The family appealed that denial and won, but Fox said the ordeal took several months and exhausted her.
Oral therapy Epidiolex may offer hope
Through it all, Brenna appears to be an outgoing, polite, resilient child who smiles easily and loves Disney princesses and playing with her iPad. Yet she struggles with expressive language, lacks fine motor skills, and needs help with almost everything she does.
In roughly 80 percent of cases, Dravet syndrome is caused by mutations in the SCN1A gene. According to the Epilepsy Foundation, a baby born with Dravet generally has a four-in-five chance of surviving into adulthood. About half the early deaths occur from SUDEP (sudden unexpected death in epilepsy), while status epilepticus, drowning, accidents, and infection account for the remainder.
“Developmentally, Brenna’s not 9 years old,” Fox said. “I try and explain her condition to her. She has never known a different life. I truly believe she does not understand her condition. It’s a fluke genetic mutation, because neither my husband nor I carry the gene.”
She added: “Some kids are higher-functioning, and others are non-verbal. They are happy, loving kids. It’s almost like a blessing that they’re shielded from the realities of their condition.”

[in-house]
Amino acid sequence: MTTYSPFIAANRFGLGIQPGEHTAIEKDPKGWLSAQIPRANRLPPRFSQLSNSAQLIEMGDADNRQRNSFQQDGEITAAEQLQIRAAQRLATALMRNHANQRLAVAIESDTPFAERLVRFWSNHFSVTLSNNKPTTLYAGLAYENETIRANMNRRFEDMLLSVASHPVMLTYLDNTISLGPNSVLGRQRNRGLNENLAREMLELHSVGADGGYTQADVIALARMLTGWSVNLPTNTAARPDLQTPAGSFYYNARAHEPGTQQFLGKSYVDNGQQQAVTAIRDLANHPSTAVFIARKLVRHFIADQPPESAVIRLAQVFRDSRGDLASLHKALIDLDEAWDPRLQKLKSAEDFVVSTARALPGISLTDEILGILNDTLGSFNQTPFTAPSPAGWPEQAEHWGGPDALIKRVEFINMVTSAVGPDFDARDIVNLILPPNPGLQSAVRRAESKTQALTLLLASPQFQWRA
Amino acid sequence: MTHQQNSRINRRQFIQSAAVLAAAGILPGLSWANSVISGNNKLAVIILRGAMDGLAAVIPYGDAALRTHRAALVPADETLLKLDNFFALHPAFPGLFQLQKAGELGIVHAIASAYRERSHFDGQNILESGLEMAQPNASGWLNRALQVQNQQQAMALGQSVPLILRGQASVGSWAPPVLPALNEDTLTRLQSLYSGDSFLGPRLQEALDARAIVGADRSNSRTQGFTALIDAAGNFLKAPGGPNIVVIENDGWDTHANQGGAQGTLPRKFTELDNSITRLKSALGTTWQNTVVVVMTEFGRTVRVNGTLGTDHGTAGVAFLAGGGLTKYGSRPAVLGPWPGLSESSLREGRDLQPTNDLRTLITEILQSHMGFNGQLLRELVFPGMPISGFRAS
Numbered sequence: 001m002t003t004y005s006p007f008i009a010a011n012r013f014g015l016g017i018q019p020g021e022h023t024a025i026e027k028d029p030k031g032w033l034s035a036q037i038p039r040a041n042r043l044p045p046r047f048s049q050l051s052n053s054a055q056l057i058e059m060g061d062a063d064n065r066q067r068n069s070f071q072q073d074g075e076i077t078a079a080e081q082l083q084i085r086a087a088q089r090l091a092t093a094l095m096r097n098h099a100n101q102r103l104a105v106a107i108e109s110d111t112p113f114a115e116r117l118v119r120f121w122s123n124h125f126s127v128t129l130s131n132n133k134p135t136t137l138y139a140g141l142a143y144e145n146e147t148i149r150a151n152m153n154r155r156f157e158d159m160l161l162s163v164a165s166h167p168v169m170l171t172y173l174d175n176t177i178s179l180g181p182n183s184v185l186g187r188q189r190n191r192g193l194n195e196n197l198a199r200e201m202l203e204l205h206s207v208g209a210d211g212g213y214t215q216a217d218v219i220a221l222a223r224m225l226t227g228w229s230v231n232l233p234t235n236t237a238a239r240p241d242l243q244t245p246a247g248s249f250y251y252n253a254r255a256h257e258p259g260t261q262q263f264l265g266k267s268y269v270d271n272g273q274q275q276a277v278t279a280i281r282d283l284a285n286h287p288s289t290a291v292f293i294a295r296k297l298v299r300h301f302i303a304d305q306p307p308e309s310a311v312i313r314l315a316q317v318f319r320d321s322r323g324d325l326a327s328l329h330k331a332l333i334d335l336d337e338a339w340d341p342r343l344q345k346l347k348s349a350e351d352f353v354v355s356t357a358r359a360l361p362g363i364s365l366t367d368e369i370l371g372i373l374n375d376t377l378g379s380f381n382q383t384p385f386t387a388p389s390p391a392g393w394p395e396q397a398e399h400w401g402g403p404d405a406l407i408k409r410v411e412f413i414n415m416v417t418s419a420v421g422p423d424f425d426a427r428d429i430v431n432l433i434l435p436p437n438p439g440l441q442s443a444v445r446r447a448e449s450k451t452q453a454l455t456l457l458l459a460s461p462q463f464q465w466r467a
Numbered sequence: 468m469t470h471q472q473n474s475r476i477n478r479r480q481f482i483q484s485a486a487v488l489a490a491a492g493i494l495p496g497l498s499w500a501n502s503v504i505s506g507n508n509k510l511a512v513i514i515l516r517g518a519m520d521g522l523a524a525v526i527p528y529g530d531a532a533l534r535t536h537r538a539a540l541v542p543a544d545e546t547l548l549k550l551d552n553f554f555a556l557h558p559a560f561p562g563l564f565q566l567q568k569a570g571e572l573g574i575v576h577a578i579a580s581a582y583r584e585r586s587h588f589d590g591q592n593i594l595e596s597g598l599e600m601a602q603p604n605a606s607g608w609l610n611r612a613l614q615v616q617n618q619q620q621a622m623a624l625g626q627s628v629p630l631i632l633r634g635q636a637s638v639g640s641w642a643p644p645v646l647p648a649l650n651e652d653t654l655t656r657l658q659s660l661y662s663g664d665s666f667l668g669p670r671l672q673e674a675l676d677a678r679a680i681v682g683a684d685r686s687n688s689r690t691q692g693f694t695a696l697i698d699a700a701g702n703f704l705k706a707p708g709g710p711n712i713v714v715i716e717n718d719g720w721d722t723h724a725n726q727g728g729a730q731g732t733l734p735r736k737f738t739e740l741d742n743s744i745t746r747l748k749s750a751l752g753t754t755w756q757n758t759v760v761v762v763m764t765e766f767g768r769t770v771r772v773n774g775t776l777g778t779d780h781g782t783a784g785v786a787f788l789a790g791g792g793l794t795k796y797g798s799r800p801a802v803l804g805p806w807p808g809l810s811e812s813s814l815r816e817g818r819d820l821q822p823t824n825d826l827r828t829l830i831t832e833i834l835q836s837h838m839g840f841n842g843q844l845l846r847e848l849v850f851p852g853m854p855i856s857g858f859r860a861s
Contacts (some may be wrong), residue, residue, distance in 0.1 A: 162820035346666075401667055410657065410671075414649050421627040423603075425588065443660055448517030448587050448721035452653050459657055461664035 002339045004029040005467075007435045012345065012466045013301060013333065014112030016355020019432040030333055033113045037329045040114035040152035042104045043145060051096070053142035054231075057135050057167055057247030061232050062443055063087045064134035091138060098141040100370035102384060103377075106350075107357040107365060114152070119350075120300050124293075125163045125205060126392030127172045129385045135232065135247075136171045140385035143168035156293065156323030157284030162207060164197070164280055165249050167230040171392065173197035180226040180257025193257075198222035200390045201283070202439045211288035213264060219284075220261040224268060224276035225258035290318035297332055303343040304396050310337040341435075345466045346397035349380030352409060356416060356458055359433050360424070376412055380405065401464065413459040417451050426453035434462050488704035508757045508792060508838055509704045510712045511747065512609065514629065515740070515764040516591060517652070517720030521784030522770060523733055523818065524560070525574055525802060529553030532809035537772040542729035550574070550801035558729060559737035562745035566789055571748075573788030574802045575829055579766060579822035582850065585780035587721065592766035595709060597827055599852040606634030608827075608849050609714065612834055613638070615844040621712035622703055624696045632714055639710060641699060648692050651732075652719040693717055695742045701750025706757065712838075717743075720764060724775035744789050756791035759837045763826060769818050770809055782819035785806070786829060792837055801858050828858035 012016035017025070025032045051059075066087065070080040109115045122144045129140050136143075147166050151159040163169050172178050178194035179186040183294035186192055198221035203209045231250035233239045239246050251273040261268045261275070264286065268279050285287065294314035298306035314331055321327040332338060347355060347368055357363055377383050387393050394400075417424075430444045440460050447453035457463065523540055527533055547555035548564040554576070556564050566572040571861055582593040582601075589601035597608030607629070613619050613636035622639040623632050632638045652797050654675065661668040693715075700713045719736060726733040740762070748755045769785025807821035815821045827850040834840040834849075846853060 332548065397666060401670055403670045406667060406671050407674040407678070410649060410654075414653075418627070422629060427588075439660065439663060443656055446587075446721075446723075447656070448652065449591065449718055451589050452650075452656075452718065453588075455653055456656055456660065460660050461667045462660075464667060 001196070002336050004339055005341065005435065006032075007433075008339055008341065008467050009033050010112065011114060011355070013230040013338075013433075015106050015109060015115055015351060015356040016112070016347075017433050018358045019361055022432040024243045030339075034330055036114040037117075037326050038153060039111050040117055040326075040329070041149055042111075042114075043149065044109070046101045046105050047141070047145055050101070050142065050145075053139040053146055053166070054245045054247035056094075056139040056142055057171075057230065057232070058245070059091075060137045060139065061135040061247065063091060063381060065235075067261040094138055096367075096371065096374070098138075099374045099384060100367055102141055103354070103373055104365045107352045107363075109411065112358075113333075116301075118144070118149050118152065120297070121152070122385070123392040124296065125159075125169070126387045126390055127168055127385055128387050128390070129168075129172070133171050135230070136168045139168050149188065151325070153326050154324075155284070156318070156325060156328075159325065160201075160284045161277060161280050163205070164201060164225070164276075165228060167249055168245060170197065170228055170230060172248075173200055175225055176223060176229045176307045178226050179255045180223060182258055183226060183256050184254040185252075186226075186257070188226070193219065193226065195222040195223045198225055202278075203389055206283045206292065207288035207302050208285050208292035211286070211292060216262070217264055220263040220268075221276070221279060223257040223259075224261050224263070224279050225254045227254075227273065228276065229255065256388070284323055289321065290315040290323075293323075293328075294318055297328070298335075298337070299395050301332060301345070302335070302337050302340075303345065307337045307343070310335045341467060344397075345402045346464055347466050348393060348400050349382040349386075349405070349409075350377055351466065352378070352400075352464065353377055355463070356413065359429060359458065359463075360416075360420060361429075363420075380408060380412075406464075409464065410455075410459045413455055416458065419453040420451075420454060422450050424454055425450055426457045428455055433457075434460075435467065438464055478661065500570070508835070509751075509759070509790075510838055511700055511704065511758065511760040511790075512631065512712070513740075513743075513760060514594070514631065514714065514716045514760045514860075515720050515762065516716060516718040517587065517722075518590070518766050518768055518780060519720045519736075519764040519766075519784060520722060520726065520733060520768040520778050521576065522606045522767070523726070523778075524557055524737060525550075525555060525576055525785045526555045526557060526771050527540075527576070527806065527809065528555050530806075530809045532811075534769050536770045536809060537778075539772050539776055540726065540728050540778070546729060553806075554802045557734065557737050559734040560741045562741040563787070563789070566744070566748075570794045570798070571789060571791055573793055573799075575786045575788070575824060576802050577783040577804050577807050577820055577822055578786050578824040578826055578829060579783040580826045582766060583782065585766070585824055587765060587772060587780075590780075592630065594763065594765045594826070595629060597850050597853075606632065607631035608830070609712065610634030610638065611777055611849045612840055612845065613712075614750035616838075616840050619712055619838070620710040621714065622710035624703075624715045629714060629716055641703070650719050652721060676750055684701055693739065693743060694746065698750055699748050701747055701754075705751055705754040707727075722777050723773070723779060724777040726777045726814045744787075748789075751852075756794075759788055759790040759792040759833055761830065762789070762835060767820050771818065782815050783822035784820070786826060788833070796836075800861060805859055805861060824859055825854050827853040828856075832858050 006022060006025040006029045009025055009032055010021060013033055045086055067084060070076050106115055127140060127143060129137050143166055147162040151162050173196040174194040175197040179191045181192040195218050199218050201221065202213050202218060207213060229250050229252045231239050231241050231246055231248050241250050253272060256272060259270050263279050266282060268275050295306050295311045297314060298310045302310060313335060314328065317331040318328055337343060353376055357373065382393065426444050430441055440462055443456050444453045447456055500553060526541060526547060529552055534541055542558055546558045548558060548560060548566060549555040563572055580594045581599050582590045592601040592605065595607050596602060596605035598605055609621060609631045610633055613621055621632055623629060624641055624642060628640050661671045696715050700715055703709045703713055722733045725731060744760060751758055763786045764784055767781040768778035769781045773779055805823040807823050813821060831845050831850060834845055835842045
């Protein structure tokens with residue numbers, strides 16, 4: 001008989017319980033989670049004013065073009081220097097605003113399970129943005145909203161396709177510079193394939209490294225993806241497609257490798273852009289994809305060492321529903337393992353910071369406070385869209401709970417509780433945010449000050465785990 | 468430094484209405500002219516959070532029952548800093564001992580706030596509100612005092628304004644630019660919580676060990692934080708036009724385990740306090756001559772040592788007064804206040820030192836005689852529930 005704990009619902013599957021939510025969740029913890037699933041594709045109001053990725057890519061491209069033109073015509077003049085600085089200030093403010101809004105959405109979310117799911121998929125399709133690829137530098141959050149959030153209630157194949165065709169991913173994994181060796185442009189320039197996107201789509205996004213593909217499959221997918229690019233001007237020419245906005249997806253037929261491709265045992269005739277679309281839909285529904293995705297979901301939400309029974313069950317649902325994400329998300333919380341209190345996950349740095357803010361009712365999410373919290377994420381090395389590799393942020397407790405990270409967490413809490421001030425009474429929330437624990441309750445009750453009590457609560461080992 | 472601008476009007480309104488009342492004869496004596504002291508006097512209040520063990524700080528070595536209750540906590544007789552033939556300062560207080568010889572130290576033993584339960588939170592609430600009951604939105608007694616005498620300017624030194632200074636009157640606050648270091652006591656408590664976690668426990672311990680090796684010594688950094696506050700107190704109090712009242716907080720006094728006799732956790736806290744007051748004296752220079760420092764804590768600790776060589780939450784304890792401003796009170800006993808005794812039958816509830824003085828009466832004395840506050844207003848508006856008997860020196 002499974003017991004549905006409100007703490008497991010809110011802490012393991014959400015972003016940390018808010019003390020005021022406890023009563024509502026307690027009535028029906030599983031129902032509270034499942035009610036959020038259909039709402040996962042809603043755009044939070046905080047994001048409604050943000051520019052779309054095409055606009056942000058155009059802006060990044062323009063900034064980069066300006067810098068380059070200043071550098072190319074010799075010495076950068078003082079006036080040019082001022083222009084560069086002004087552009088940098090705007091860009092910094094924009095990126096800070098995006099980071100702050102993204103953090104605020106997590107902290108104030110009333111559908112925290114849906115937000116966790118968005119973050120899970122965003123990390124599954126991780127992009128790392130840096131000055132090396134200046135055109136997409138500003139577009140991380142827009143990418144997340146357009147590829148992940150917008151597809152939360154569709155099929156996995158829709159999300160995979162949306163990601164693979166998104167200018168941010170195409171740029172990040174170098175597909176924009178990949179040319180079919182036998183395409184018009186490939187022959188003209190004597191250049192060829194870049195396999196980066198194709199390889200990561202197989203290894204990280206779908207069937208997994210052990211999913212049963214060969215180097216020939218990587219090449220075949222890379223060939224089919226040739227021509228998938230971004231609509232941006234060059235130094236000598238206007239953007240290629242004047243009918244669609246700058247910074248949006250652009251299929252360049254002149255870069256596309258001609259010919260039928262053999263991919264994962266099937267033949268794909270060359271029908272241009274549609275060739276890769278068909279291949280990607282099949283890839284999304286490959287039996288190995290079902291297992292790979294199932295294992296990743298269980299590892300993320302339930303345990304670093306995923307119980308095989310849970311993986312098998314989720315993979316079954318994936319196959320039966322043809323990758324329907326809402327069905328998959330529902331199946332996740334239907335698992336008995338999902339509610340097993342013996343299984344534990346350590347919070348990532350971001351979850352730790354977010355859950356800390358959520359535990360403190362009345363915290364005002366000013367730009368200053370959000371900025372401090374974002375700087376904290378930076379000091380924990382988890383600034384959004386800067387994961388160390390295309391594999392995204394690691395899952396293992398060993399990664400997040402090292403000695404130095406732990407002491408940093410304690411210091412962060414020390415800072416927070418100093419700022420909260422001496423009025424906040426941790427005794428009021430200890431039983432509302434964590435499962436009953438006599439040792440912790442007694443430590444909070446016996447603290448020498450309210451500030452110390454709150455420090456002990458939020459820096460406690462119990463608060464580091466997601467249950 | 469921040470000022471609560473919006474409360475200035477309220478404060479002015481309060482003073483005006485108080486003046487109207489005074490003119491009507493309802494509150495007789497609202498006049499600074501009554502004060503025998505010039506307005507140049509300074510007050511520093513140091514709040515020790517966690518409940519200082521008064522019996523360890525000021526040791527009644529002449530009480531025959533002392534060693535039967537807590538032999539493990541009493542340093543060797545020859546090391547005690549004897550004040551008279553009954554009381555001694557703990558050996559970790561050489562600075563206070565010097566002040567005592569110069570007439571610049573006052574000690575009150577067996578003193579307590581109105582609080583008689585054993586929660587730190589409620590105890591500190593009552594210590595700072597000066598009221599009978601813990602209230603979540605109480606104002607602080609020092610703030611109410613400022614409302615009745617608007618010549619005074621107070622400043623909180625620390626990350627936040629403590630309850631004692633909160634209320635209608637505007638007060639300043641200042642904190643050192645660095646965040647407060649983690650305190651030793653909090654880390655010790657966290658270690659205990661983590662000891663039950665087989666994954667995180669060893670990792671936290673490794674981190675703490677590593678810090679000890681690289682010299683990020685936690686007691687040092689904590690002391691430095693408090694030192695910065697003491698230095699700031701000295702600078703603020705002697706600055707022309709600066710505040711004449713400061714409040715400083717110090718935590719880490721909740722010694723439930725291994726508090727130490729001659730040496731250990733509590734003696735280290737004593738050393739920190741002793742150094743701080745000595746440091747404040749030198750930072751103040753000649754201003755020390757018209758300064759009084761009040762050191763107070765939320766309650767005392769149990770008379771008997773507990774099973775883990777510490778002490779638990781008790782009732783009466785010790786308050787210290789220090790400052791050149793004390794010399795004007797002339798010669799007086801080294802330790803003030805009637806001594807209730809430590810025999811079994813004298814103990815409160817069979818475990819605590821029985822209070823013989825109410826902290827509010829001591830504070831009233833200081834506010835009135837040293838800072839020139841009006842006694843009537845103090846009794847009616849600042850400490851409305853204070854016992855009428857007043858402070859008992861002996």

The U.S. Food and Drug Administration (FDA) has yet to approve a treatment for Dravet, though a purified cannabidiol product, Epidiolex, by the British company GW Pharmaceuticals is under consideration. The Phase 2 CARE1 (NCT02091206) and Phase 3 CARE2 (NCT02224703) trials testing Epidiolex in children with Dravet found the oral treatment to be safe and generally well-tolerated. The Phase 3 study also reported significant and “clinically meaningful” reductions in seizure frequency in treated patients.
A request for Epidiolex’s approval to treat Dravet and Lennox-Gastaut syndrome is now under FDA review, with a decision expected in late June. The European Medicines Agency (EMA) is considering a similar request.